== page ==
One of the key promises of the Jubilee government was to issue laptops to Standard one students in Kenya. The government in 2015 unveiled the digital literacy program under an inter-ministerial committee to champion for the project. During the annual budget read in June 2015, the Kenya government set aside Kshs. 17.58 billion for deployment of ICT learning devices to schools, development of digital content, building the capacity of teachers and rolling out computer laboratory for class 4 to class 8 in all schools throughout the country which set the project in motion.
Earlier in the year, the government announced that the consortia of Moi University– JP SA Couto and Jomo Kenyatta University of Science and Technology (JKUAT)- Positivo BGH won the Kshs. 17 Billion tenders to supply laptops. The consortia were then to pilot the project before issuing of devices begun. The deployment of the devices to 22,000 schools across Kenya begun in September with over 600,000 devices to be issued.
A question must have wondered is how the process of deployment and issuance of devices takes place. We spoke with Calvin Kebati, the Director at Nairobi Industrial and Technology Park, which involved in the JKUAT-Positivo BGH deal on how they go about it. The two companies that won the tender have a select number of counties they are responsible for deploying and their activities are restricted to these areas.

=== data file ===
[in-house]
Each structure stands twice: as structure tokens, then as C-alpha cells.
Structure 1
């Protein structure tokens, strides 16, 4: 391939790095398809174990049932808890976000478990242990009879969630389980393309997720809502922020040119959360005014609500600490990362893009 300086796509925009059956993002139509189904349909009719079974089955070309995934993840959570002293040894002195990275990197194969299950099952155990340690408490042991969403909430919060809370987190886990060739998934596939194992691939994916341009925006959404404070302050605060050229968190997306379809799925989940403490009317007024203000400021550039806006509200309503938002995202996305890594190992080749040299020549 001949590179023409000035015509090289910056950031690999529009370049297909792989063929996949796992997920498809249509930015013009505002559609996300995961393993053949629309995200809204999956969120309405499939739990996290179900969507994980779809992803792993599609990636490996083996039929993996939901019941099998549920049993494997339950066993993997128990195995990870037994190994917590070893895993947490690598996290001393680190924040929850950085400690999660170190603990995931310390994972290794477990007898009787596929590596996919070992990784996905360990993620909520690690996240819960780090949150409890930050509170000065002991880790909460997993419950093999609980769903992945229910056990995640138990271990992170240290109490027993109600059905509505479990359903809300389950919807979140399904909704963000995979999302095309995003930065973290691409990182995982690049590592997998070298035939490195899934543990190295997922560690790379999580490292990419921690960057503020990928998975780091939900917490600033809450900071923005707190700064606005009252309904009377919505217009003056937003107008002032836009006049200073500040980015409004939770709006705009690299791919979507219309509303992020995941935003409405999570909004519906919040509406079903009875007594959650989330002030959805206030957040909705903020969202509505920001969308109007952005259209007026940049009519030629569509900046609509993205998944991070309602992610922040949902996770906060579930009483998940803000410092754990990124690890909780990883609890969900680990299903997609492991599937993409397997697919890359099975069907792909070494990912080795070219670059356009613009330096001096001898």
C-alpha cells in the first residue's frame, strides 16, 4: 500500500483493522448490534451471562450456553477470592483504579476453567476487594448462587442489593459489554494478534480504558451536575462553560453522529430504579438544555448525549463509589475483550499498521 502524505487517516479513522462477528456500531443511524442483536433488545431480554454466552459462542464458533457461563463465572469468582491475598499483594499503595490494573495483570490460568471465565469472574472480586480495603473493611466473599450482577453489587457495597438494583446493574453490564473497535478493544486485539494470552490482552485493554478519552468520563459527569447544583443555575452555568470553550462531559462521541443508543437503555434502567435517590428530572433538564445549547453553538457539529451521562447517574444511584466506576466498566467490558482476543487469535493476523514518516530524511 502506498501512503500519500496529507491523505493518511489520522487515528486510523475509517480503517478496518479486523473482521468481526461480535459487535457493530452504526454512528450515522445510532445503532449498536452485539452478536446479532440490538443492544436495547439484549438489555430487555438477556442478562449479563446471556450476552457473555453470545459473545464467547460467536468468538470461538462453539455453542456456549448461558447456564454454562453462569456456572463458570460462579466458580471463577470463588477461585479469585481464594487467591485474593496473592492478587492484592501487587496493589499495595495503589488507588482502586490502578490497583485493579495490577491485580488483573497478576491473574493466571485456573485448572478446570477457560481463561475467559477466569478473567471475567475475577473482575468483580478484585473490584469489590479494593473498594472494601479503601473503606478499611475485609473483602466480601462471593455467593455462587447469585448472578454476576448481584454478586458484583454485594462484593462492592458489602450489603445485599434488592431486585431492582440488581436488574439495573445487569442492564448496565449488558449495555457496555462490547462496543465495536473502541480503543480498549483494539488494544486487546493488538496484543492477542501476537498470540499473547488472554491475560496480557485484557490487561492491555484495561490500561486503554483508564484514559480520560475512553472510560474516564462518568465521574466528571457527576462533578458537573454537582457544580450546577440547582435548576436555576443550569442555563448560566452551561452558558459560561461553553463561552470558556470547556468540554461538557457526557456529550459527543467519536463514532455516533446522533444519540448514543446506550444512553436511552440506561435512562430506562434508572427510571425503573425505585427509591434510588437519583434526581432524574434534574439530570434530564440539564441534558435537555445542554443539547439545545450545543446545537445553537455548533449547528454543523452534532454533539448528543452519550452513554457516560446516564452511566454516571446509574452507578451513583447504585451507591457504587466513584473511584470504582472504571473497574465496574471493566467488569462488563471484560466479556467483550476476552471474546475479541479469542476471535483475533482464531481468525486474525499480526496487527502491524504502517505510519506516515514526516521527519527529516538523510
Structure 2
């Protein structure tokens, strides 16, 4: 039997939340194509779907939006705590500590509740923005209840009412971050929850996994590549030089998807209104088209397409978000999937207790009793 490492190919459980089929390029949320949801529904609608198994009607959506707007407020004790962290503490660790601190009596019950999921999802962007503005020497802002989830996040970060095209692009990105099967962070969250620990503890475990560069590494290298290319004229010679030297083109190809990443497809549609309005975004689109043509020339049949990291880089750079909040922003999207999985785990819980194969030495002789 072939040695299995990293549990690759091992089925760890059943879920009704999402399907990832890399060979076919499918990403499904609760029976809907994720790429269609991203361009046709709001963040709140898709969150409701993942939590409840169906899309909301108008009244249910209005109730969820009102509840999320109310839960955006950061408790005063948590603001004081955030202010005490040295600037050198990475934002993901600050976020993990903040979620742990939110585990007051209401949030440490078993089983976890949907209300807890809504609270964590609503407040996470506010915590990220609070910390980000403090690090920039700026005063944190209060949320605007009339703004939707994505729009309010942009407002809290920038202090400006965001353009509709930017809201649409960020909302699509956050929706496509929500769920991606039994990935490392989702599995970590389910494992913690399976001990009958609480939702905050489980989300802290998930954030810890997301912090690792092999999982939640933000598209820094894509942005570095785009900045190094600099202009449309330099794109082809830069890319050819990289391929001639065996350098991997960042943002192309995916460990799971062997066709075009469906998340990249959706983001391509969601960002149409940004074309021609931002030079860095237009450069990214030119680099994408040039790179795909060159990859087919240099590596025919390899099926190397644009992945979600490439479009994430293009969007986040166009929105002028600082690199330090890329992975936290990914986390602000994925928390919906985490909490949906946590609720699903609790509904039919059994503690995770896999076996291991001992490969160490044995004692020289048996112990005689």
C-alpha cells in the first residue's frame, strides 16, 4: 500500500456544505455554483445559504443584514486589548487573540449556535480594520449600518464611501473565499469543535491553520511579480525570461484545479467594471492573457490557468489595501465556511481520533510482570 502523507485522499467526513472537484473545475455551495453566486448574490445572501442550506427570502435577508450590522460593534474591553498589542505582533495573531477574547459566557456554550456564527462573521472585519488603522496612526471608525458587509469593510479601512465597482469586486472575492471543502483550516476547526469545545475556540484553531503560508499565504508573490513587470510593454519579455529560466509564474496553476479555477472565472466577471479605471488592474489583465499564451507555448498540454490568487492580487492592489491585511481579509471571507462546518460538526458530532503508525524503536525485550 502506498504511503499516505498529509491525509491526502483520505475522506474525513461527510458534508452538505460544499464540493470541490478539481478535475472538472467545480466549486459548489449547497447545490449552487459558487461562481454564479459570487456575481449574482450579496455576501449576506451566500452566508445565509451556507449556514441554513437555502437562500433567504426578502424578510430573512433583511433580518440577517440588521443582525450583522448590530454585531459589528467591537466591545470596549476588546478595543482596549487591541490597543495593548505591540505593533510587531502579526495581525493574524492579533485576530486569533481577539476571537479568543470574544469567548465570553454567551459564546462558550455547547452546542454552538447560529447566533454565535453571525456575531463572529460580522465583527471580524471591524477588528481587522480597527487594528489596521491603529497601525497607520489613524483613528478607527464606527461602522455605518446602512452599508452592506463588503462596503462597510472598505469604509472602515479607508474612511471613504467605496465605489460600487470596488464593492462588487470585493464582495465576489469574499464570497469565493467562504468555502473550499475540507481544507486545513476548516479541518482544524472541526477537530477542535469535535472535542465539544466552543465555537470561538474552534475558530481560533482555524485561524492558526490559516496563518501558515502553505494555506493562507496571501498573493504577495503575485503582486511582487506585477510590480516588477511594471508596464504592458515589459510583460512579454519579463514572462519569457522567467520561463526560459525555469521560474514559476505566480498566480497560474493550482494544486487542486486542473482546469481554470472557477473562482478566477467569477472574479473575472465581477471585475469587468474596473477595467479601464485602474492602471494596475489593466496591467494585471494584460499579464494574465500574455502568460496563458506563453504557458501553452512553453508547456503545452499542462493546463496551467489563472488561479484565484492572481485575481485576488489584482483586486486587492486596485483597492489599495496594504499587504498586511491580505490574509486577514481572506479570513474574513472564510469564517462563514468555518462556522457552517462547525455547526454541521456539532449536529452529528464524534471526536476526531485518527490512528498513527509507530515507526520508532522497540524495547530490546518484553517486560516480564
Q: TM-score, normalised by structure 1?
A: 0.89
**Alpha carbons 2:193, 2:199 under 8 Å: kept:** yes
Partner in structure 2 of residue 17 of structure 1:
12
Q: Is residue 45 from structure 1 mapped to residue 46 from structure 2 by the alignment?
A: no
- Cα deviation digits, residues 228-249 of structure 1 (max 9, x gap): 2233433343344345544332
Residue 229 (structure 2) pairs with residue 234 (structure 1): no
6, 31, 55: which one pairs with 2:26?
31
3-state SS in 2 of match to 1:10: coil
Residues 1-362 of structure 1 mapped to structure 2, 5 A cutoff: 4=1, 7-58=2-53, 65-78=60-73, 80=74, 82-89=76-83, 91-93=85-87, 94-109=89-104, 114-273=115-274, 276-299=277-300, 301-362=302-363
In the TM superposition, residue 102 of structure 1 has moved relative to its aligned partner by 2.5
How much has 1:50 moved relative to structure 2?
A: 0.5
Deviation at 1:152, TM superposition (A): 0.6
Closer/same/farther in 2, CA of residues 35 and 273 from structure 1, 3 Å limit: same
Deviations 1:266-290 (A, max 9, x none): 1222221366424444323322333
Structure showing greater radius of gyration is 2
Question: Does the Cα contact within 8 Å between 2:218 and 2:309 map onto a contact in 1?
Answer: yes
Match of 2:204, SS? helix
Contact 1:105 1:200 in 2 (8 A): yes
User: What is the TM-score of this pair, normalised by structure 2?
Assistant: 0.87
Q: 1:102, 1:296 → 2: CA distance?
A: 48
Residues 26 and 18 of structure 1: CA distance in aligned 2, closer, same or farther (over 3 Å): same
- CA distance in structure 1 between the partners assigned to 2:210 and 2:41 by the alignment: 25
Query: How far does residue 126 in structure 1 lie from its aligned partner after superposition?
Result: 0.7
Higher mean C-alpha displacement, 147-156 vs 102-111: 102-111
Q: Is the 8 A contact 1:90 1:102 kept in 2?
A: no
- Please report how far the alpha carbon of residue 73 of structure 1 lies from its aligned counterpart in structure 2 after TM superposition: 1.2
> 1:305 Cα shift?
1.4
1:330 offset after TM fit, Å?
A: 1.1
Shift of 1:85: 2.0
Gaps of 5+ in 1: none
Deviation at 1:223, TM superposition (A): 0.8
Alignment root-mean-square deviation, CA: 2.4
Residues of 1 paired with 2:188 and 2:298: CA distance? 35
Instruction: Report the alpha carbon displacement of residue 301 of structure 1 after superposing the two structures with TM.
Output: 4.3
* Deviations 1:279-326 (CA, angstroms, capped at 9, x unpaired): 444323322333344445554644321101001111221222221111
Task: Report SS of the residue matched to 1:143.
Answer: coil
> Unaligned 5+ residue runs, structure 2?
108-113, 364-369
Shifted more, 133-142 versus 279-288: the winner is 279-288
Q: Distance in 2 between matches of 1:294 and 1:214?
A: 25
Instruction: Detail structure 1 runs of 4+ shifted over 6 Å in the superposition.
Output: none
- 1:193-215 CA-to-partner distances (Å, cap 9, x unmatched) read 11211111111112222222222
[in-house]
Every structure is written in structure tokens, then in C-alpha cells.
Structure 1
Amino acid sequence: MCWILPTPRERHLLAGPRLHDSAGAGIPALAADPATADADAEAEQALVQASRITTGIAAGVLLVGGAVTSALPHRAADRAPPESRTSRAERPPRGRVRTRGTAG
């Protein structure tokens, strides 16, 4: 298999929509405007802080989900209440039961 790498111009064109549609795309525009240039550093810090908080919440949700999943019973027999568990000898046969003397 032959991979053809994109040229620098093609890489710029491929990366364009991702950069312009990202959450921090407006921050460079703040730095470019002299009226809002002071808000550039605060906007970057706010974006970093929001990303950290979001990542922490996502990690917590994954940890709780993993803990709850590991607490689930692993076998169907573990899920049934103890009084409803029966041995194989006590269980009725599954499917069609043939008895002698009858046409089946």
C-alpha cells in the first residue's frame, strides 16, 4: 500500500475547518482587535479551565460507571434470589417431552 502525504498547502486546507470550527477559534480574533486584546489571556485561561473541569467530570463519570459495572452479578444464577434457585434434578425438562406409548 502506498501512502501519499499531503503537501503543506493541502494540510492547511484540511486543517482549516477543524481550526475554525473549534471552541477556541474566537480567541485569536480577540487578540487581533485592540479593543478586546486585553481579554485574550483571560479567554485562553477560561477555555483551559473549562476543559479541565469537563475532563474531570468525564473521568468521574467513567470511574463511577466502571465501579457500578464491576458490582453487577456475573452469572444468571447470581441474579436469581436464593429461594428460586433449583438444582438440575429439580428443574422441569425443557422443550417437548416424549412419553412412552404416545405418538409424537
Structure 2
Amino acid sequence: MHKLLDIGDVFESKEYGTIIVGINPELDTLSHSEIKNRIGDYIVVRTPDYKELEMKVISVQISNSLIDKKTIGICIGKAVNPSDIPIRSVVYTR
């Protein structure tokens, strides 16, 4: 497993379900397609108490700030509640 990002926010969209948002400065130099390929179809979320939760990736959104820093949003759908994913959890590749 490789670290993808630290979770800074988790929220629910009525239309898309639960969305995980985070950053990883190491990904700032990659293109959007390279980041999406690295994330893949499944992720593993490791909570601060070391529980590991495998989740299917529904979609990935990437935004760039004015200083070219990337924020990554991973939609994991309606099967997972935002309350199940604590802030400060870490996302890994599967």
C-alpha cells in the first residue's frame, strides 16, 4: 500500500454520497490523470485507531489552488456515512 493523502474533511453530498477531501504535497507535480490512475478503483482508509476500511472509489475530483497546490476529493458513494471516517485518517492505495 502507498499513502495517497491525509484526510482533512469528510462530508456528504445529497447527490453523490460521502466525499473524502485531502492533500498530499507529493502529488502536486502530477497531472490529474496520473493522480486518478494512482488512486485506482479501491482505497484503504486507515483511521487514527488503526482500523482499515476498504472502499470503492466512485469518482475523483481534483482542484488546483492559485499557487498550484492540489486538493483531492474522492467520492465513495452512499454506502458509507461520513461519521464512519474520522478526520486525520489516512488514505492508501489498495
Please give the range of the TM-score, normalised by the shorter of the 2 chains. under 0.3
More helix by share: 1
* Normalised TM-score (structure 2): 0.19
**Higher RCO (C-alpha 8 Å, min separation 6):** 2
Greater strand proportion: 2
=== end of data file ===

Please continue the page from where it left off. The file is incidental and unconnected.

The initial process involves a 3-5 day teacher training program, where the teachers are introduced to ICT and taught various modules such as integration of ICT in education. “We train the teachers in content creation, how to use the devices from both the teacher and student angle”, says Calvin. The next step involves the inspection of the facilities to ensure they meet certain standards. “We usually check if the school has electricity, storage capabilities, security measures and if these conditions are suitable for the deployment of the devices,” he says.
The installation of the devices takes place next, where the devices are set-up. The devices include a 10-inch tablets learners digital device (LDD) and a 14-inch laptop as the teachers’ digital device. There is also a projector for each of the schools. Special needs students receive 12-inch laptops with braille key boards, headphones and an embosser. The deployment also offers an access point which also acts as a file server. The content is stored in this access point, making it an e-library. Teachers also have the ability to develop their own content and store it here for future use and access. “This process of deployment takes place hand-in-hand with the teachers to ensure they fully understand what we offered during the training process,” he says.
After the completion of the installation, a post installation training and support takes place. “We have a dedicated call-center where teachers can call and ask questions about the devices. We also ensure we offer technical support for the devices,” says Calvin. To ensure continued support, the project has been working to identify ICT champions who are mainly teachers within the school to serve as trainers and deal with any emerging issues with the devices. They have also been working with locals with ICT knowledge to help with the local support.